She started off by telling a great story about how we are going to fall but we should just try to fall forward. She was one of the most gifted speakers I have ever heard - she is definitely at Beth Moore’s level. She has received her father’s gift of proclaiming clearly and passionately the Word of God. She also quoted from a book called Snickers from the Pew, which was quite hilarious. However, she did report that sadly, one recent survey stated that 80% of preacher’s kids (PKs) struggle with depression. This survey did find that many preachers’ kids hear their parents say things like, “When you mess up you ruin daddy’s ministry and then we will not have a job or food.” Lord, please help us never to even hint at that to our children! Also, many preachers’ kids hear their father say things one week in the pulpit and then they do not live that way at home. Ouch! Is God really transforming our pastors today? Or are we just putting on a show and living a hypocritical life? Why would they want to follow a God who has not transformed his own father’s life?
She then quoted from a book called Know Your Child. She concluded that babies are born with a certain temperament, which I agree with. She asked us to consider Cain and Abel, the first children. They certainly had different temperaments. Three basic types of babies exist:
1. Easy Child, predictable
2. Slow to warm up Child (shy)
3. Difficult child, strong willed child
People used to think that people were born with a blank slate and that our environment was everything, but now there is strong evidence and studies against this theory. Paul names three “spiritual children” throughout the Bible (he calls them by name his sons):
1. Timothy, the easy child
2. Onesimus, the slow to warm up son
3. Titus, the bulldog, the problem solver but the difficult child Titus did not have to be encouraged like Timothy. Titus was a problem solver.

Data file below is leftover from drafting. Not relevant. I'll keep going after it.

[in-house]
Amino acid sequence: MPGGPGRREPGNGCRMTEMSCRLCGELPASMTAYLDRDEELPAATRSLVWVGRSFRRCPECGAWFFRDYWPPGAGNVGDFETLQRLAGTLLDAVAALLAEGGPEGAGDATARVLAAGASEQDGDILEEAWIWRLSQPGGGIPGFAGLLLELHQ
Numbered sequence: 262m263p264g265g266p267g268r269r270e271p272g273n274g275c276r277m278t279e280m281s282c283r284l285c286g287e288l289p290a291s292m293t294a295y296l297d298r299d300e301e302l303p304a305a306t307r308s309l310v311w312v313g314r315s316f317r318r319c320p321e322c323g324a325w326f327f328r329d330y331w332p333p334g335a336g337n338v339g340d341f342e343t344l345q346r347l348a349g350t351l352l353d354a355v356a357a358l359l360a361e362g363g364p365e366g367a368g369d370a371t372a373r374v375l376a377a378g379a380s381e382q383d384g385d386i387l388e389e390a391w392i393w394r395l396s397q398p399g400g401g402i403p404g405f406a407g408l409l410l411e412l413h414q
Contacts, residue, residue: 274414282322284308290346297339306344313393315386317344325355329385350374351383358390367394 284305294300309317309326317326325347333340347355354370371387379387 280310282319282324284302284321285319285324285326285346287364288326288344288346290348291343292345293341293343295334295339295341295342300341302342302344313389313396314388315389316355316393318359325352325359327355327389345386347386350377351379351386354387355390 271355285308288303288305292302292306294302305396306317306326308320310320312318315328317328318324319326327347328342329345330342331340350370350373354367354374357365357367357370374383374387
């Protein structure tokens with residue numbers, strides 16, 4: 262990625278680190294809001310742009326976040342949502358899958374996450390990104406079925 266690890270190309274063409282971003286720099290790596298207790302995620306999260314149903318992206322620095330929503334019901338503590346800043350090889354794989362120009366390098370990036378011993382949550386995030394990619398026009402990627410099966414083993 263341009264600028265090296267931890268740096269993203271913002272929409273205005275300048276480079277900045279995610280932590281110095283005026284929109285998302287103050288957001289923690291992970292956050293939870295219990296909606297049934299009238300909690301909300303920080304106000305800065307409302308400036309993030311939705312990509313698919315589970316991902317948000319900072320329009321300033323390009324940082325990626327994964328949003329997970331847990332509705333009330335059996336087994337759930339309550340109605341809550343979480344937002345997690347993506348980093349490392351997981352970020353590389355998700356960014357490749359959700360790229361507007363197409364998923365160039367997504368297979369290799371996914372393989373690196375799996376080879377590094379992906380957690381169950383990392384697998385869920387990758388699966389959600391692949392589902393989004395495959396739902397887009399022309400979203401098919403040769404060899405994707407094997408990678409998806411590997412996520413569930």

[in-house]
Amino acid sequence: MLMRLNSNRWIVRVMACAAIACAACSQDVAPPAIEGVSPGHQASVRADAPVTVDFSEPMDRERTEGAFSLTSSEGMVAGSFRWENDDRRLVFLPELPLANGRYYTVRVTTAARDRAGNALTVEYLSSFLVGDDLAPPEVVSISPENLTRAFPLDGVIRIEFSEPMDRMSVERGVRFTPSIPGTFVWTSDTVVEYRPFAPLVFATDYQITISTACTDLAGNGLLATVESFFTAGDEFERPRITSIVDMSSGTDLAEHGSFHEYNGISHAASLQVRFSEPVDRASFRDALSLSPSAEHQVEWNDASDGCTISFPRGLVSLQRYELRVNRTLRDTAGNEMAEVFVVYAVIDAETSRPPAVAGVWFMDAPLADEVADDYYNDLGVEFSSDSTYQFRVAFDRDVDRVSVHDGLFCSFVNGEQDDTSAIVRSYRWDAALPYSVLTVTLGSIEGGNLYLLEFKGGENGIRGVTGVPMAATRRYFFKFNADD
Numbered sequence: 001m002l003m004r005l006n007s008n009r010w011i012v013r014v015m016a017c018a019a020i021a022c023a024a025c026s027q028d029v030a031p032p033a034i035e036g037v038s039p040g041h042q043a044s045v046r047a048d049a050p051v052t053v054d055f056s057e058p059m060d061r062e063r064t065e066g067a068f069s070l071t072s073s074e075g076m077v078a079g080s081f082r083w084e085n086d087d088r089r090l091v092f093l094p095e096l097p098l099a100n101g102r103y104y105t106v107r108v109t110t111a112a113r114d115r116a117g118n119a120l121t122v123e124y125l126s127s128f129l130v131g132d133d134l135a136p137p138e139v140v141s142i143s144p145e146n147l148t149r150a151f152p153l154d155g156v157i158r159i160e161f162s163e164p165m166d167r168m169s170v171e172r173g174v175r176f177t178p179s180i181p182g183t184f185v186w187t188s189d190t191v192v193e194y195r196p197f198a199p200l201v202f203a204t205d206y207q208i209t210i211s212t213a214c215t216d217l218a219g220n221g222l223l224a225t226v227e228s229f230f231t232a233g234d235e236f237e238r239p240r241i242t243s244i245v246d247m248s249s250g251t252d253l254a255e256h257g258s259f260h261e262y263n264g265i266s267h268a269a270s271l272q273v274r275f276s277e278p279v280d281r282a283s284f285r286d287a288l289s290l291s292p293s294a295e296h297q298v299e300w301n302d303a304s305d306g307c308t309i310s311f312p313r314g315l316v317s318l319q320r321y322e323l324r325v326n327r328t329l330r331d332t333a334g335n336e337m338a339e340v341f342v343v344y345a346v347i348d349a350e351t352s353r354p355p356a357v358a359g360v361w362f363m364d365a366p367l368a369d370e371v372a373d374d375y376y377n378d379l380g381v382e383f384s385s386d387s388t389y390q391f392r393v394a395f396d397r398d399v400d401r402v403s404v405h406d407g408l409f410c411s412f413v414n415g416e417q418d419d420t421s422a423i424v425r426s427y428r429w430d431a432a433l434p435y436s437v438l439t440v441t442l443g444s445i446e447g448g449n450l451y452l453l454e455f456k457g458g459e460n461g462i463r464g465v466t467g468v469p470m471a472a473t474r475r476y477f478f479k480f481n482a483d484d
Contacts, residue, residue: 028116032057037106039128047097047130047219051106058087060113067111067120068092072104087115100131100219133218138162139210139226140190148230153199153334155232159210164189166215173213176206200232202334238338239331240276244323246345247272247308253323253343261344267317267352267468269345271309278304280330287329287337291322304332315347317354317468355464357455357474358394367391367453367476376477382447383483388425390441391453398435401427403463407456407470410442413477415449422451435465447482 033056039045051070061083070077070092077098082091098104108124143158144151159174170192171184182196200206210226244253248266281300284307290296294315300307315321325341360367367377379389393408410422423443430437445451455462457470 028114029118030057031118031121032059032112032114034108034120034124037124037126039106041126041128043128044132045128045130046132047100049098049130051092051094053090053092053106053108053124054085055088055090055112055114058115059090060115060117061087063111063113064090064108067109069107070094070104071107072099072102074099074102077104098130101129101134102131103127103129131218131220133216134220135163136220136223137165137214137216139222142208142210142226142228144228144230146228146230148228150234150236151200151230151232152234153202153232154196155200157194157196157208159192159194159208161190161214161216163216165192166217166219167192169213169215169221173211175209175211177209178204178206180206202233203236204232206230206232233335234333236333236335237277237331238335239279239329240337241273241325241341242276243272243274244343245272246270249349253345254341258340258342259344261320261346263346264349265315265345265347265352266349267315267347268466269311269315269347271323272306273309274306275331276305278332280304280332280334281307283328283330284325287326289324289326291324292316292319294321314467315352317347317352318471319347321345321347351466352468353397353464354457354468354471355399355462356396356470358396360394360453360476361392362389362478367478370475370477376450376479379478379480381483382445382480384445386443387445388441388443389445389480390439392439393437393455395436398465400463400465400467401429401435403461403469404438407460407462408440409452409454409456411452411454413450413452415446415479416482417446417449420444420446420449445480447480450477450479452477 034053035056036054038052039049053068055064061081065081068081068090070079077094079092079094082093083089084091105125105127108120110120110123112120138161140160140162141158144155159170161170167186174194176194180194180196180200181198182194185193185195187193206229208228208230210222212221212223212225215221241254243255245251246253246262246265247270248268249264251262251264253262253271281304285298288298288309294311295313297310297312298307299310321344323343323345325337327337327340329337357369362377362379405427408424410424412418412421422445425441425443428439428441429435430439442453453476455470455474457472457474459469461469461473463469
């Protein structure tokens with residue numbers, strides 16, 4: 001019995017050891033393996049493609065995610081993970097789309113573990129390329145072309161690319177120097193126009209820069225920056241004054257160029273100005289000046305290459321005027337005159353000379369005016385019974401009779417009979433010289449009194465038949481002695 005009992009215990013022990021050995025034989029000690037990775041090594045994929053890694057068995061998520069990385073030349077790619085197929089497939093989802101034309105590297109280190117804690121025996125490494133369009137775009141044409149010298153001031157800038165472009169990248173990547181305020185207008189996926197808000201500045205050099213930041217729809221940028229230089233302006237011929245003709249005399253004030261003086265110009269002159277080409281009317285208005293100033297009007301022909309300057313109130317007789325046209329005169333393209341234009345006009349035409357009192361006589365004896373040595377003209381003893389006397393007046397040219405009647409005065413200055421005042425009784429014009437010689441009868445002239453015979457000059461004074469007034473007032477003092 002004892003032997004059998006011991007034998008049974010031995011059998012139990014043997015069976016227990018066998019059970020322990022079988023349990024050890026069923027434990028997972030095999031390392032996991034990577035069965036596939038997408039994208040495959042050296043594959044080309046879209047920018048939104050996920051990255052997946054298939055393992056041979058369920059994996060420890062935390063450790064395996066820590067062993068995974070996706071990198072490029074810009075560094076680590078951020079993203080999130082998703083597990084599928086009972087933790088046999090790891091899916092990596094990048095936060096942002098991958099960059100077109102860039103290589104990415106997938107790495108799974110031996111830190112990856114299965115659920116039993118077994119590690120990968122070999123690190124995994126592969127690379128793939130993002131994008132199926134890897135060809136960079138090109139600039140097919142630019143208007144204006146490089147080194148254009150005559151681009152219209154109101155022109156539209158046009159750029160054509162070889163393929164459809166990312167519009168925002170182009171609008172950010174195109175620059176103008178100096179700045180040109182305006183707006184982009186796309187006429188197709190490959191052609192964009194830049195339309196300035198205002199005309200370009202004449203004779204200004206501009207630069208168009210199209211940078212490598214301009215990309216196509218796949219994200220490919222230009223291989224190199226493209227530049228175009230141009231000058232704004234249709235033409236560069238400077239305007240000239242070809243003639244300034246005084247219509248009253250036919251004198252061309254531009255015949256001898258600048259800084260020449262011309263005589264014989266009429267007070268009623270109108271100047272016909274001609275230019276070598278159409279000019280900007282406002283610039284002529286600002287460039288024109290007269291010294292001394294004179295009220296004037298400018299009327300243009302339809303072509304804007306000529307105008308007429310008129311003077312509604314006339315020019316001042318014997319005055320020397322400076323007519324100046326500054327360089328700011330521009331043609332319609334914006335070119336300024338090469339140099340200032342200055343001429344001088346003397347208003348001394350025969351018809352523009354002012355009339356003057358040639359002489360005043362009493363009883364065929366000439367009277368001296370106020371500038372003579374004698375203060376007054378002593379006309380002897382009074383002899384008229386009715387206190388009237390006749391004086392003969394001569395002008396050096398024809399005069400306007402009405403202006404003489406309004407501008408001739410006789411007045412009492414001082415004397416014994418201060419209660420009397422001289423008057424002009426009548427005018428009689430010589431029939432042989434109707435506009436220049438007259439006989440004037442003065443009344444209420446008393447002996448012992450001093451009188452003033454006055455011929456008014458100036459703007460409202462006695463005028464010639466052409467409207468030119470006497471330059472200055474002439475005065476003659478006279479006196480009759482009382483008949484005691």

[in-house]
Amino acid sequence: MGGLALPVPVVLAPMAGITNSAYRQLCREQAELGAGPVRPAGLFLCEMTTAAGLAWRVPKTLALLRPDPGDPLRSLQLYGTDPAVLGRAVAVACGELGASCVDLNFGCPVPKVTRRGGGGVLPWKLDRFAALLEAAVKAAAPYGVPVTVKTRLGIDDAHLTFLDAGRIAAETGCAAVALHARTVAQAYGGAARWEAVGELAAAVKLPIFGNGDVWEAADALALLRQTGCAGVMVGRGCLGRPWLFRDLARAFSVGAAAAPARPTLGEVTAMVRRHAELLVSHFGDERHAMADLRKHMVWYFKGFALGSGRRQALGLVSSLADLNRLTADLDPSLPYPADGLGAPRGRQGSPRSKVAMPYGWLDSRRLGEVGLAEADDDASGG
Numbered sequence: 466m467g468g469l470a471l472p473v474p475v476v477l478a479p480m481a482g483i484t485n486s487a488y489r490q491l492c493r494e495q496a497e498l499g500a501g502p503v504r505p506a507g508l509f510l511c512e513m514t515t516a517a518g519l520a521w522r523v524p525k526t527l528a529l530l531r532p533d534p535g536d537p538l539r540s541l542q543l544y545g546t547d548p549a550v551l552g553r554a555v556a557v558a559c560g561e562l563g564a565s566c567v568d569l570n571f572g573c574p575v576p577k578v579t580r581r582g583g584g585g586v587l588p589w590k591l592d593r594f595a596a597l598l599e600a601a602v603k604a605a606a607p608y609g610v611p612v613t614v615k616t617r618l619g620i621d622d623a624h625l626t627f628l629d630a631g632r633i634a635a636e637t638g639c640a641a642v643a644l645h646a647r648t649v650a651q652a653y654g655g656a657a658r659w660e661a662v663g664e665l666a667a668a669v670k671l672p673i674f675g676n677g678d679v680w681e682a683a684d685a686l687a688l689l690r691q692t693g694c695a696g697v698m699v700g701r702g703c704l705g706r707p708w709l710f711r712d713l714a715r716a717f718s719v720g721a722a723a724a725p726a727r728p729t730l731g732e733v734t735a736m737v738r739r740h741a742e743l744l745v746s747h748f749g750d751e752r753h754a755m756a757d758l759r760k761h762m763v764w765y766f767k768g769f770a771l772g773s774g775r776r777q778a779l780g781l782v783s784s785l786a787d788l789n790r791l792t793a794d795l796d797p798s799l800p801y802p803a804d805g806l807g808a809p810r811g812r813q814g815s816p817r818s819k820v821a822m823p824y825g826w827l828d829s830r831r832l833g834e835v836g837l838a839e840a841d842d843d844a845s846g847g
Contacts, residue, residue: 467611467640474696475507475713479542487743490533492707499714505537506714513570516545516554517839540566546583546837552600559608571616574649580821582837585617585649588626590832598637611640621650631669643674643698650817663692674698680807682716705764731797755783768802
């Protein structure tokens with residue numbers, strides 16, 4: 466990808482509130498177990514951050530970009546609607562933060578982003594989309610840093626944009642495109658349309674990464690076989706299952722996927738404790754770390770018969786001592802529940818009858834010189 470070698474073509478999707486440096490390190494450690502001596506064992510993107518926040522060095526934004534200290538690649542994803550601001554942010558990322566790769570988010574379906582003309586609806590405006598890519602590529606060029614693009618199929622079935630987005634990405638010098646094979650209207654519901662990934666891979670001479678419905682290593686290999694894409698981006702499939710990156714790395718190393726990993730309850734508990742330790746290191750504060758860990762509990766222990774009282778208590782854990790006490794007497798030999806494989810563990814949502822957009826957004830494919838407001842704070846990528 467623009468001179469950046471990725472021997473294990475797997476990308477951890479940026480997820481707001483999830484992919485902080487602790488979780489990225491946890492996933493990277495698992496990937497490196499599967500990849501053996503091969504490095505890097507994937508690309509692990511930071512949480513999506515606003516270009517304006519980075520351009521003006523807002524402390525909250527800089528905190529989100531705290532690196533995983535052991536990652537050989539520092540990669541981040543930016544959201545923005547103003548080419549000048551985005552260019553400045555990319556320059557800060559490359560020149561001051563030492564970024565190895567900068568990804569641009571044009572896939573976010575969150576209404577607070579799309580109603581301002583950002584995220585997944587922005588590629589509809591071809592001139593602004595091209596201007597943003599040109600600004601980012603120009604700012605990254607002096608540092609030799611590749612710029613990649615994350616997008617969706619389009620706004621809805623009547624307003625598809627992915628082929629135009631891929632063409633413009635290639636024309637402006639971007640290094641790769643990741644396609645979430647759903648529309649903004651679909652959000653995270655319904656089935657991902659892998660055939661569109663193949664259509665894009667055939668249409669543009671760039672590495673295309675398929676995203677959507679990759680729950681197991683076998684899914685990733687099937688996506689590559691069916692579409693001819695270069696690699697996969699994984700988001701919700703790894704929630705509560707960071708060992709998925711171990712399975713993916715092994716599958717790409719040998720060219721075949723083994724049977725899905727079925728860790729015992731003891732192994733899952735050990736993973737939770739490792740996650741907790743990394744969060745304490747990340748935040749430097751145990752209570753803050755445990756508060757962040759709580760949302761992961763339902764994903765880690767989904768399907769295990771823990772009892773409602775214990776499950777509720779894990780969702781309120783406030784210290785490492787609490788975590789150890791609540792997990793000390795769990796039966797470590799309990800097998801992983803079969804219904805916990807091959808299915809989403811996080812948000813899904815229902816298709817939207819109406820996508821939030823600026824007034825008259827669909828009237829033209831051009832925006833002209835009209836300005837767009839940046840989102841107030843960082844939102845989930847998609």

I had never really thought about these three men in this light, but I can see where she is coming from. Now, after having
She urged us to:
1. “Taste and see that the LORD is good;
blessed is the man who takes refuge in him.” Psalm 34:8
Taste the Lord, love God in front of them! Don’t be secretive with them about your relationship with God.
2. Love God’s house, have a positive attitude about it, do not look at it as work. Long to be in his house with all the imperfect people. Psalm 27:4:
“One thing I ask of the LORD,
this is what I seek:
that I may dwell in the house of the LORD
all the days of my life,
to gaze upon the beauty of the LORD
and to seek him in his temple.”
3. Pray with them every day before they go off to school. I am starting this now every morning with
4. Know your child!
"If I Had My Child to Raise Over Again"
If I had my child to raise all over again,
I'd finger-paint more, and point the fingers less.
I would do less correcting and more connecting.
I'd take my eyes off my watch, and watch with my eyes.
I would care to know less and know to care more.
I'd take more hikes and fly more kites.
I'd stop playing serious, and seriously play.
I would run through more fields and gaze at more stars.
I'd do more hugging and less tugging.
I'd build self-esteem first, and the house later.
I would be firm less often, and affirm much more.
I'd teach less about the love of power, And more about the power of love.
By Diane Loomans
I am certain that concept of building up one's self-esteem is anti-Biblical, but besides that, I think this is a good poem for current moms to see. If we keep on telling our children how great they are at everything, why will they need a Savior to rescue them from their sins?
Ps-The picture is of